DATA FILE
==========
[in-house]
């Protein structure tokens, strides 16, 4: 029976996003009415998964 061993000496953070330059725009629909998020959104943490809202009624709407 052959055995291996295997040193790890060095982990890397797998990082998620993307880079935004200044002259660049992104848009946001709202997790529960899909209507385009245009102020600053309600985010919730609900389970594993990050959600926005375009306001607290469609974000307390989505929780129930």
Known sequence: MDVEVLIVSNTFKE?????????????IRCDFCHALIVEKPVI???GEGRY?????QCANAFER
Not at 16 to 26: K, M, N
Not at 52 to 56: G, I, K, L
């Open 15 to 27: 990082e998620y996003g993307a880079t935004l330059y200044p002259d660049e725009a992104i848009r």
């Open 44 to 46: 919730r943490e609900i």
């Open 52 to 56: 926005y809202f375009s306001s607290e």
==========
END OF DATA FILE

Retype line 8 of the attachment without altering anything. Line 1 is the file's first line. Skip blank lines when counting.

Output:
């Open 52 to 56: 926005y809202f375009s306001s607290e």